Jun 02, 2011 Ami Olson Uncategorized
For all the well-intentioned emphasis put on buying locally and supporting independent business, the concept can be overwhelming to the point of discouraging.
But Martin Butts, owner of Small Potatoes Sales & Marketing , says there’s an easy starting point: walk into your pantry, (or open your cupboards), and pick one item to switch.
Select just one item to routinely purchase from a local source, something you can find from a local producer, or that you can purchase from an independent seller. Then, when you get used to it, pick another.
The key to “switching your sourcing,” Butts says, is finding a way to do it in a manageable, sustainable way.
Overhauling the way you eat entirely, all at once, is too much to expect from the average consumer.
“I hear from people all the time, that ‘that’s just unreasonable’,” says Butts. “And I would never ask people to do that.”
Narrowing down your reasons for localizing will help determine the boundaries of what you consider local, Butts says.
“For the people that are doing it, there’s always a reason,” he says. “For some people it’s supporting local businesses, for some its eating seasonally, or making healthier choices.”
Your reasons will impact whether your definition of local — which is different for everyone, Butts says.
For some, it means only purchasing foods produced within a certain distance from their home. For others, “local” products might still use imported ingredients, but be prepared in small batches by a local manufacturer.
There’s no right or wrong, but knowing your definition and your goal in emphasizing local will help make better, more sustainable changes, Butts says.
Butts says he wouldn’t expect someone to undergo a complete lifestyle change for the sake of local — but take a 30-day challenge? Why not?
The 2nd Annual New York State Locavore Challenge kicks off Sept. 1, which means you have three months to start getting in the habit of local eating. Organized by the Northeast Organic Farming Association of New York, the challenge aims to engage 5,000 people in the month-long campaign to raise awareness about local, organic and sustainable eating.
Participants agree to cook only with in-season, local organic foods throughout the for a day, week or month during September.
Whether you’re “training” for the Locavore Challenge or just want to shift your habits more locally, here are some easy-to-find staples produced by local farms and companies to get you started:
Here are some easy-to-find staples produced by local farms and companies to get you started:
Butts noted there’s been an emphasis on growing local grains, and Flour City Pasta’s whole grain varieties are made locally, using locally grown grains.
“A lot of people think these foods can’t be made locally,” said Amanda Gormley, marketing and member service coordinator at Syracuse Real Food Co-op .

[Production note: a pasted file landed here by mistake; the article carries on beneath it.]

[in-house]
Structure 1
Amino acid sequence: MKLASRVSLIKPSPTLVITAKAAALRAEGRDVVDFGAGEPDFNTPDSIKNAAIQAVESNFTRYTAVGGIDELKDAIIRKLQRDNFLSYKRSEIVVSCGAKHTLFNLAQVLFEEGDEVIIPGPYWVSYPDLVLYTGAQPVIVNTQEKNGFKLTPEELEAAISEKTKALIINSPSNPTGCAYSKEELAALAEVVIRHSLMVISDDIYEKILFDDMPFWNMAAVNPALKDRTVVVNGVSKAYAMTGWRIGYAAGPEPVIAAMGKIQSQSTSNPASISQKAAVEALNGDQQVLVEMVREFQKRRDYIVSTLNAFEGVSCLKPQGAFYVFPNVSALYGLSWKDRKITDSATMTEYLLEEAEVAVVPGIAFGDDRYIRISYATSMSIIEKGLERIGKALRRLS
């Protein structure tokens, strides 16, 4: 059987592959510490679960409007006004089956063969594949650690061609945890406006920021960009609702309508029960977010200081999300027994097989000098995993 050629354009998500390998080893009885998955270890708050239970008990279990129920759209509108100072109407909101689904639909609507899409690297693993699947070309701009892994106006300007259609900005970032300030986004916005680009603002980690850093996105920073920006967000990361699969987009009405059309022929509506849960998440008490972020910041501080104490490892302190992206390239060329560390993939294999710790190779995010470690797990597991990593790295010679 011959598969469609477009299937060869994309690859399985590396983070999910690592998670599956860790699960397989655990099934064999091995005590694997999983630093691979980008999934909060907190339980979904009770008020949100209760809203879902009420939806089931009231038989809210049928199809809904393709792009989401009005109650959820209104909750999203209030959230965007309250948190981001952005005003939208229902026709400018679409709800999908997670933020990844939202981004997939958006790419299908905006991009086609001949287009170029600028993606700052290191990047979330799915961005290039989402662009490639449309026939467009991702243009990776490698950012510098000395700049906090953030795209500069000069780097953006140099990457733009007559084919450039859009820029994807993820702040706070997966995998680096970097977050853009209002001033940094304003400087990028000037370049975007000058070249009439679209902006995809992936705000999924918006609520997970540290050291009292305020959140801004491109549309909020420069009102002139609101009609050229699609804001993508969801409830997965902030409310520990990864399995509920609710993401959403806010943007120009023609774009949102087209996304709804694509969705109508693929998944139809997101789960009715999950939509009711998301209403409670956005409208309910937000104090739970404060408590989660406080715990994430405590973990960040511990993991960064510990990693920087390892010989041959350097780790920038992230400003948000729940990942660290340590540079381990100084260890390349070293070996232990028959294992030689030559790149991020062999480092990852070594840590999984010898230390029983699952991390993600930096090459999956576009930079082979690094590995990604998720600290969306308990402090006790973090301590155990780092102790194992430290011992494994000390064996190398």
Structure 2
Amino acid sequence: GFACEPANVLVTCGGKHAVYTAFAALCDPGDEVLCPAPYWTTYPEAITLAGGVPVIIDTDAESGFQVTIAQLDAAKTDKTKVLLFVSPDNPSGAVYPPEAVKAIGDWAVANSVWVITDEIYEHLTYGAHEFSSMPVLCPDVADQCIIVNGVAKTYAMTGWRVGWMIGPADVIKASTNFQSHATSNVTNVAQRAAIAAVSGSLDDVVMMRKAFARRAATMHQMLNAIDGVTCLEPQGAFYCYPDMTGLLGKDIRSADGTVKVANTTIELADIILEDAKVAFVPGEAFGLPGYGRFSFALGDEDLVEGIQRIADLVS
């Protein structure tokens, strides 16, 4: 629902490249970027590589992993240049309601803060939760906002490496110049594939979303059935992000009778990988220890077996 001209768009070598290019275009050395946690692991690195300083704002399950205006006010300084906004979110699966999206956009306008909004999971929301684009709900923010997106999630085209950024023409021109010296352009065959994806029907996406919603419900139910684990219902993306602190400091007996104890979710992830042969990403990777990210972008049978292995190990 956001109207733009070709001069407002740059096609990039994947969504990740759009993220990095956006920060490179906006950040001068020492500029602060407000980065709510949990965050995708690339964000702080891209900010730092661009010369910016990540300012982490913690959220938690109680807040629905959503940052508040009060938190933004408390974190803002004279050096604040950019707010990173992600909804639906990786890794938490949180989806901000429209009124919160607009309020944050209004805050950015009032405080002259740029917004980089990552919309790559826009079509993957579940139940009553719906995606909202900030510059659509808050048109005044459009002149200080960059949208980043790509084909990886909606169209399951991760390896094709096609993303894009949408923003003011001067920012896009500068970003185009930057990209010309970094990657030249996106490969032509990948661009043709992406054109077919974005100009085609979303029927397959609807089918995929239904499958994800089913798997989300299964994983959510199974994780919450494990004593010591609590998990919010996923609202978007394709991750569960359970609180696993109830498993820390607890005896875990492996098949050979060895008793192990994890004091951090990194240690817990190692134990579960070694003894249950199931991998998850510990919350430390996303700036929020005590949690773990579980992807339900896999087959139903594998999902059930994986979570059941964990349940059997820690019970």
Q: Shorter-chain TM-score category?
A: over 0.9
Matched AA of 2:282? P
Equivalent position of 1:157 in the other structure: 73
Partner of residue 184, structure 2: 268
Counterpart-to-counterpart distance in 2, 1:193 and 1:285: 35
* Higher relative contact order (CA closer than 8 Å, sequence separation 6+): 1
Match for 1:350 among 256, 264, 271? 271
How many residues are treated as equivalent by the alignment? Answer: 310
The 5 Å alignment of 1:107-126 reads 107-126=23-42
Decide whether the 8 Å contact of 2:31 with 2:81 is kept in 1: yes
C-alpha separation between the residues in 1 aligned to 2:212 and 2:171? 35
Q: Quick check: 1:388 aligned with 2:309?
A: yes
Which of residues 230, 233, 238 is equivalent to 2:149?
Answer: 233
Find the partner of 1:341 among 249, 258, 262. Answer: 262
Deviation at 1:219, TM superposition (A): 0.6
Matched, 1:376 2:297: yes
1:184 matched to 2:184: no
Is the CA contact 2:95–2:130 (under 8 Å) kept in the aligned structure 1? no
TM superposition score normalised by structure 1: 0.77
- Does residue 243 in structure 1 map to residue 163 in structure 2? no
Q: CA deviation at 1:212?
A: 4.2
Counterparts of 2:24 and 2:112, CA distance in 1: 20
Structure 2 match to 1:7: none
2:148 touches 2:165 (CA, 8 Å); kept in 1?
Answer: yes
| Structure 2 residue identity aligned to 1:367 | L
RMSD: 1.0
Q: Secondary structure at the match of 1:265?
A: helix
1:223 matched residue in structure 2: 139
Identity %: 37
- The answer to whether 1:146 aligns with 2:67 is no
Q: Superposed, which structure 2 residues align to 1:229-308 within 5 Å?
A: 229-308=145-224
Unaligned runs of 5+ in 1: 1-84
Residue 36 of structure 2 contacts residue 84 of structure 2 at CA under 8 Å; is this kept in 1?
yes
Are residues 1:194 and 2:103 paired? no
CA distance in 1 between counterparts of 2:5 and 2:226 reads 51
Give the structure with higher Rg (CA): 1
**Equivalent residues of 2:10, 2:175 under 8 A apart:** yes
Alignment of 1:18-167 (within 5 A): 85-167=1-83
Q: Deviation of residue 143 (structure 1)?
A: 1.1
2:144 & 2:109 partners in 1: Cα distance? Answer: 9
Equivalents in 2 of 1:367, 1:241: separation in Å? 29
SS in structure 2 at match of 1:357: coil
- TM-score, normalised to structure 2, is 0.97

She pointed out Farmer Grown Flour, flour grown, ground and processed in Trumansburg.
“Flour from start to finish made in New York!” she said.
Eggs and dairy
It’s almost a challenge to find a dairy product not available from a local source. Wake Robin Farm in Jordan produces yogurt and cheeses that originate in the hay fields from which the Jersey cows munch, and a variety of cheeses are available year-round at many grocers. Farm-fresh eggs (if you aren’t raising hens at home) , are available at farmer’s markets.
Peanut butter and jellies
Did you know you could skip the Jif (and the Skippy), and opt for a local version of this cupboard staple? Pick up homemade jams and jellies at a farmer’s market for the ultimate homegrown PB&J — or bring the berries home and preserve them yourself.
“First place I tell people to go is of course the Regional Market,” Butts says.
A new signage program at the Regional Market will soon make it easier for shoppers to see right away which vendors are local, he added.
Jeremy DeChario, head cashier at Syracuse Real Food Co-op said local tomatoes get customers excited, especially in the dead of winter.
They’re hydroponically grown in Fulton, and available year-round, DeChario said.
But in the spring, it’s the fiddleheads and ramps that locavores lust after in the produce section.
Gormely said federal subsidies drive most local farmers to produce corn and soy.
But Tony Potenza Organics in Trumansburg is harvesting black turtle beans, and they’re available at the Co-op.
“It’s exciting for us when we see farmers trying something different,” Gormely said.
Beef, chicken, pork, and more, raised in pastures so close you could drive by them on your lunch hour.
If you’re a compassionate carnivore who wants to know more about where your food is coming from, and how it’s raised and treated in the meantime, the close relationships between the farmers who raise the livestock and the grocers who supply it is a perk of buying local.
Standing in front of the meat case at the Co-op, Gormley excitedly described each farm that supplies local meat, including the newest addition, Ingallside Meadows Farm in Cazenovia.
What happens when climate and other factors eliminate the option of purchasing an item from a local source?
The next best thing, Butts says, is to buy the item from an independent local business. And when it comes to coffee, the list of local roasters means there’s no excuse to buy your beans from anyone but a local producer.
“A lot of the reason is to support local business, so if it doesn’t grow here but it is produced here. It makes the cut,” Butts said.
Catch Martin Butts Saturday June 4 at the Funky Flea one-day market on the corner of Marcellus and Wyoming streets, or find out more about Small Potatoes Sales & Marketing at smallpotatoes.blogspot.com .